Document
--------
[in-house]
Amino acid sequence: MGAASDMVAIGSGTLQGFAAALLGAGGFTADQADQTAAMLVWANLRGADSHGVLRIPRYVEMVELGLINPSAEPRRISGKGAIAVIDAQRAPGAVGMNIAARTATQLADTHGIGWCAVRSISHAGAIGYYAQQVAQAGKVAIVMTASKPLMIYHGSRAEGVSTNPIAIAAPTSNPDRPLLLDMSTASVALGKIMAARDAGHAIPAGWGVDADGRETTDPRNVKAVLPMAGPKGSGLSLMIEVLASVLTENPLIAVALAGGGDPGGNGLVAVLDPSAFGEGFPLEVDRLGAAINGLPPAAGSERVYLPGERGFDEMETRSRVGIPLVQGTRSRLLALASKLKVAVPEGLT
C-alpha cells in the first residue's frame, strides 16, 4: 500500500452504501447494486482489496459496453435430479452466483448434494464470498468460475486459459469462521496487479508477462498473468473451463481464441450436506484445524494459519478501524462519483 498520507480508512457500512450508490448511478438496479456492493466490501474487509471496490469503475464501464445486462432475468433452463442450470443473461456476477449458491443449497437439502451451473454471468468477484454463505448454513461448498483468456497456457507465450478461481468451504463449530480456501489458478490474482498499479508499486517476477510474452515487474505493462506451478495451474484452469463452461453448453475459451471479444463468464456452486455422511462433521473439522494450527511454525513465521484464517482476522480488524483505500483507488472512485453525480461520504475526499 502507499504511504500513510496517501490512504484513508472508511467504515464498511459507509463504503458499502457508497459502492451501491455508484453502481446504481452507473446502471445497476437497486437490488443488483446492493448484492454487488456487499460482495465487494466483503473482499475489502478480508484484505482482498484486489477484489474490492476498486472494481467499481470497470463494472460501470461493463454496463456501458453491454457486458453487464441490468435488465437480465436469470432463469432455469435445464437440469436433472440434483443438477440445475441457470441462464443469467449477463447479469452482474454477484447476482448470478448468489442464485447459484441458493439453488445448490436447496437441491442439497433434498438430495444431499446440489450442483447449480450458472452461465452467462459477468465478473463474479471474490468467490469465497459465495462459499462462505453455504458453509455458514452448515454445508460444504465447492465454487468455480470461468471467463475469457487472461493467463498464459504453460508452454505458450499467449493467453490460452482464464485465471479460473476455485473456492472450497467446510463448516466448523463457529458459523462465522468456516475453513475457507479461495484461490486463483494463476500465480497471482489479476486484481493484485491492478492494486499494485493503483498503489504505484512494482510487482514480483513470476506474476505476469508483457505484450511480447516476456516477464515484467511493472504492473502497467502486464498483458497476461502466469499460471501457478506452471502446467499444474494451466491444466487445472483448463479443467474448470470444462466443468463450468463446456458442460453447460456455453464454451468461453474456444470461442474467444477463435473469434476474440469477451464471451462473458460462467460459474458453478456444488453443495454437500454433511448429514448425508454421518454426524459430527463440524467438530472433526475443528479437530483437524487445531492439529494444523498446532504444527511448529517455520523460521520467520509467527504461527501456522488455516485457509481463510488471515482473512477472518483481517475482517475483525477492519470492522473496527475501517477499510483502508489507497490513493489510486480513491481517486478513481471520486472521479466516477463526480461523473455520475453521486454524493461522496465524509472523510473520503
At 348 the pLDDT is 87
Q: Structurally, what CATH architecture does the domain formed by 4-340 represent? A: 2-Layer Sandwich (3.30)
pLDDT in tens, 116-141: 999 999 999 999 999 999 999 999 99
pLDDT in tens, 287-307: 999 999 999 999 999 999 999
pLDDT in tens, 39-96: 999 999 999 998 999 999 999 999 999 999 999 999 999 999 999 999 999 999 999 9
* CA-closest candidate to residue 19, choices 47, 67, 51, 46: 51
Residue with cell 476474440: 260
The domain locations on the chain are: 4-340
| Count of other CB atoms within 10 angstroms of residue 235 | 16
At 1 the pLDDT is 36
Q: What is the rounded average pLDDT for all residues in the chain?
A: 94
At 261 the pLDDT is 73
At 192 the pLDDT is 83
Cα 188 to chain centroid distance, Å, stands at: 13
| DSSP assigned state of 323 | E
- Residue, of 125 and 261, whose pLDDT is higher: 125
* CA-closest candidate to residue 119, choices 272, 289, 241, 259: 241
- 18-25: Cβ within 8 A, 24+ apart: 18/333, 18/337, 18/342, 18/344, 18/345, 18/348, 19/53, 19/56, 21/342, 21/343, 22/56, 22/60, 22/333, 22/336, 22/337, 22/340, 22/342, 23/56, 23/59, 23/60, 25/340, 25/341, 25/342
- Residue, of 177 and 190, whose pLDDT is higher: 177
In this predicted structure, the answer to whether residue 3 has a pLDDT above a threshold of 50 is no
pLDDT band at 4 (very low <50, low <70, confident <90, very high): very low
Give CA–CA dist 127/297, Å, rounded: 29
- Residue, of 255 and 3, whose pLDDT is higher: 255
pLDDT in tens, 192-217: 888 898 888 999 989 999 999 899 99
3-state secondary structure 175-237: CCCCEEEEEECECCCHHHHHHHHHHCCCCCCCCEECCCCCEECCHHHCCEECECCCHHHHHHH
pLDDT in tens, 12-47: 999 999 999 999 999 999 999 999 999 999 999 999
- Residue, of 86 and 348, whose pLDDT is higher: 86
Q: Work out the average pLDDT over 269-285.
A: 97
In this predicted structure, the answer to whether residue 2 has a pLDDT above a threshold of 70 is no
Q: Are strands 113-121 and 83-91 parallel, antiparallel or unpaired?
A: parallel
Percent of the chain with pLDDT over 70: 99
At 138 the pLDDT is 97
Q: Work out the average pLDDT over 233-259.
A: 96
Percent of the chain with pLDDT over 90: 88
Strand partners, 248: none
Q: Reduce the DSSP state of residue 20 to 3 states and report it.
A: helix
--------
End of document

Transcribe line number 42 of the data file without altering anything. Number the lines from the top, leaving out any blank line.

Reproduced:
Strand partners, 248: none